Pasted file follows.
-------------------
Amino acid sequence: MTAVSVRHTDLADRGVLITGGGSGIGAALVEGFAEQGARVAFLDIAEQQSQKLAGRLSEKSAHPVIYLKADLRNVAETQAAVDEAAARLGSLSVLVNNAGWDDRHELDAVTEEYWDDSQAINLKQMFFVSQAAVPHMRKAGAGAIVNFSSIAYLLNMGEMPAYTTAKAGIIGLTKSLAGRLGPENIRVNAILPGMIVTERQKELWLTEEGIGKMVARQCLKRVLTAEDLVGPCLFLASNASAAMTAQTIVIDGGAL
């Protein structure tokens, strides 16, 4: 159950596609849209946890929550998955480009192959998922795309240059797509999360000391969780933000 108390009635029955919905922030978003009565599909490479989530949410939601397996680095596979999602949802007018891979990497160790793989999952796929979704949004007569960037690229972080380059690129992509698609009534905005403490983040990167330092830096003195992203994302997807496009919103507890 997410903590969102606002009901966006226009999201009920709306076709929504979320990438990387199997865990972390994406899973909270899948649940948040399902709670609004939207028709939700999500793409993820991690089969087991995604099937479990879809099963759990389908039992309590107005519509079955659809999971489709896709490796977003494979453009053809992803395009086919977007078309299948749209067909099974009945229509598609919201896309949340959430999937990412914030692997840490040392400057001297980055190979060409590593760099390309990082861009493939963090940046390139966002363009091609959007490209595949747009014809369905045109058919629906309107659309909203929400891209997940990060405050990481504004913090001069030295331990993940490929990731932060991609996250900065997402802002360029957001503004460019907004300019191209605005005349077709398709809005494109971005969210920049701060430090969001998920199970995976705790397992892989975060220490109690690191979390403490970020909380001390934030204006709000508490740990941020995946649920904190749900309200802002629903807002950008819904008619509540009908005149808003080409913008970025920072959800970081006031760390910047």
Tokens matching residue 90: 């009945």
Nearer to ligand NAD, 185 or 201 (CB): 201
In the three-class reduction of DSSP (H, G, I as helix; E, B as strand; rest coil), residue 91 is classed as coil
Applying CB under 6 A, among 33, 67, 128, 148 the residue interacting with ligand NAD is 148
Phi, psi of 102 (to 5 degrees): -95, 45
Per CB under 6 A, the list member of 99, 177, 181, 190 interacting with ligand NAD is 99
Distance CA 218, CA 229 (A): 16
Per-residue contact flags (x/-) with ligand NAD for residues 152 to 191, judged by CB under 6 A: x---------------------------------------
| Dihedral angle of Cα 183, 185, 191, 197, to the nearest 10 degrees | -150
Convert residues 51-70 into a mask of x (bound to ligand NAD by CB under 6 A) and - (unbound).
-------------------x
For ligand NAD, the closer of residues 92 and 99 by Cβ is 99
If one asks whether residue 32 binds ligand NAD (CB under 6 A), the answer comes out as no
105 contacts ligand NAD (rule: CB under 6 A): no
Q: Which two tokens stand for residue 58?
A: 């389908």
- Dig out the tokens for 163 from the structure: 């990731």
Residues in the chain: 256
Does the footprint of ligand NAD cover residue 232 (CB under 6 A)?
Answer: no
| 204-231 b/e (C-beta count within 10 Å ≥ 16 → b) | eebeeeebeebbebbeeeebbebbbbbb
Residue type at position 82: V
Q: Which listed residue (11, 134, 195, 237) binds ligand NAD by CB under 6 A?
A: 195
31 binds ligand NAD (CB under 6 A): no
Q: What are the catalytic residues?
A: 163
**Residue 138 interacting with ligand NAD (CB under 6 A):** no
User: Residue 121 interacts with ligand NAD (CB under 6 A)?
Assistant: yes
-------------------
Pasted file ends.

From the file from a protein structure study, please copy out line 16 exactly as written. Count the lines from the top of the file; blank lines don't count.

105 contacts ligand NAD (rule: CB under 6 A): no